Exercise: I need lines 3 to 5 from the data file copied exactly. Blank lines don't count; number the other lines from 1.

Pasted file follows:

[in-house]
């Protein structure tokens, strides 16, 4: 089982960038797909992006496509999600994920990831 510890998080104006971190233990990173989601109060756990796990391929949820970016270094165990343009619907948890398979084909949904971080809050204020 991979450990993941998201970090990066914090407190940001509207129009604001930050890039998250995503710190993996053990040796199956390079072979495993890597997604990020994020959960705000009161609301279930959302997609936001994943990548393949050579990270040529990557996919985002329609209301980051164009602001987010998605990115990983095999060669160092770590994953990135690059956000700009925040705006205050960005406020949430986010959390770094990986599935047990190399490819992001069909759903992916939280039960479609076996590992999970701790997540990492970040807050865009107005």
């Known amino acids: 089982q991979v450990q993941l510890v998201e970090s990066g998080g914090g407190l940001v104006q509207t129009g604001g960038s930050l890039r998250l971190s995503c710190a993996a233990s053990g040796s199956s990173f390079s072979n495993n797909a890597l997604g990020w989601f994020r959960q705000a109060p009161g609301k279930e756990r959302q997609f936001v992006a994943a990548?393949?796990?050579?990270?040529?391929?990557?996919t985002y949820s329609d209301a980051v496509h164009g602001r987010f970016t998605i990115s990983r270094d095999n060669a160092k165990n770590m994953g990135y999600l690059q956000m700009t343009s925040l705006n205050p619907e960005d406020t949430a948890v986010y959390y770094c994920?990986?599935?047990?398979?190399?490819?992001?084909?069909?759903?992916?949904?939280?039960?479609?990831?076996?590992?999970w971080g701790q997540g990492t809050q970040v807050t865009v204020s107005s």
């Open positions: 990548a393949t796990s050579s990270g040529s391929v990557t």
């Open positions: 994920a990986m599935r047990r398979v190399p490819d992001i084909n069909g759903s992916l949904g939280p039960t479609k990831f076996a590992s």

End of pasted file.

């Known amino acids: 089982q991979v450990q993941l510890v998201e970090s990066g998080g914090g407190l940001v104006q509207t129009g604001g960038s930050l890039r998250l971190s995503c710190a993996a233990s053990g040796s199956s990173f390079s072979n495993n797909a890597l997604g990020w989601f994020r959960q705000a109060p009161g609301k279930e756990r959302q997609f936001v992006a994943a990548?393949?796990?050579?990270?040529?391929?990557?996919t985002y949820s329609d209301a980051v496509h164009g602001r987010f970016t998605i990115s990983r270094d095999n060669a160092k165990n770590m994953g990135y999600l690059q956000m700009t343009s925040l705006n205050p619907e960005d406020t949430a948890v986010y959390y770094c994920?990986?599935?047990?398979?190399?490819?992001?084909?069909?759903?992916?949904?939280?039960?479609?990831?076996?590992?999970w971080g701790q997540g990492t809050q970040v807050t865009v204020s107005s």
């Open positions: 990548a393949t796990s050579s990270g040529s391929v990557t």
């Open positions: 994920a990986m599935r047990r398979v190399p490819d992001i084909n069909g759903s992916l949904g939280p039960t479609k990831f076996a590992s």